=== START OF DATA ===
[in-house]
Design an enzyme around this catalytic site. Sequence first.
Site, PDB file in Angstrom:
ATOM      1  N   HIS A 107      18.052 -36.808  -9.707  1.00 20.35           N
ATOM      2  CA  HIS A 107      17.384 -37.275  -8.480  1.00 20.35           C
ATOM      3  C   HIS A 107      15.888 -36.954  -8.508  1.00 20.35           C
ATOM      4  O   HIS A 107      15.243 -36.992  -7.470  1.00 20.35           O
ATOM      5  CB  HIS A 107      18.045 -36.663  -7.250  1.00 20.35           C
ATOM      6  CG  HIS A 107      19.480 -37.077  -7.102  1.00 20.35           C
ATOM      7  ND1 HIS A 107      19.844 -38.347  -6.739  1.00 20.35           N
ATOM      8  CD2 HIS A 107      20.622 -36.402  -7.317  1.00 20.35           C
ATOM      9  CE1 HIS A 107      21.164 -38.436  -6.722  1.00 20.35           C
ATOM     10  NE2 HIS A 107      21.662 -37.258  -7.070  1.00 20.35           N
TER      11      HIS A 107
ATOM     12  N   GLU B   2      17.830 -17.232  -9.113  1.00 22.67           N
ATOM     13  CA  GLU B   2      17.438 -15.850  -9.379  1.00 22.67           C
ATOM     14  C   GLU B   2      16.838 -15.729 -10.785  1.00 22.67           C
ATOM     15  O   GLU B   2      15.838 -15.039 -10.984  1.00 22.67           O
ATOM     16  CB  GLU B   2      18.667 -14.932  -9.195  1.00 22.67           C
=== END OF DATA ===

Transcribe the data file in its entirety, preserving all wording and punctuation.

[in-house]
Design an enzyme around this catalytic site. Sequence first.
Site, PDB file in Angstrom:
ATOM      1  N   HIS A 107      18.052 -36.808  -9.707  1.00 20.35           N
ATOM      2  CA  HIS A 107      17.384 -37.275  -8.480  1.00 20.35           C
ATOM      3  C   HIS A 107      15.888 -36.954  -8.508  1.00 20.35           C
ATOM      4  O   HIS A 107      15.243 -36.992  -7.470  1.00 20.35           O
ATOM      5  CB  HIS A 107      18.045 -36.663  -7.250  1.00 20.35           C
ATOM      6  CG  HIS A 107      19.480 -37.077  -7.102  1.00 20.35           C
ATOM      7  ND1 HIS A 107      19.844 -38.347  -6.739  1.00 20.35           N
ATOM      8  CD2 HIS A 107      20.622 -36.402  -7.317  1.00 20.35           C
ATOM      9  CE1 HIS A 107      21.164 -38.436  -6.722  1.00 20.35           C
ATOM     10  NE2 HIS A 107      21.662 -37.258  -7.070  1.00 20.35           N
TER      11      HIS A 107
ATOM     12  N   GLU B   2      17.830 -17.232  -9.113  1.00 22.67           N
ATOM     13  CA  GLU B   2      17.438 -15.850  -9.379  1.00 22.67           C
ATOM     14  C   GLU B   2      16.838 -15.729 -10.785  1.00 22.67           C
ATOM     15  O   GLU B   2      15.838 -15.039 -10.984  1.00 22.67           O
ATOM     16  CB  GLU B   2      18.667 -14.932  -9.195  1.00 22.67           C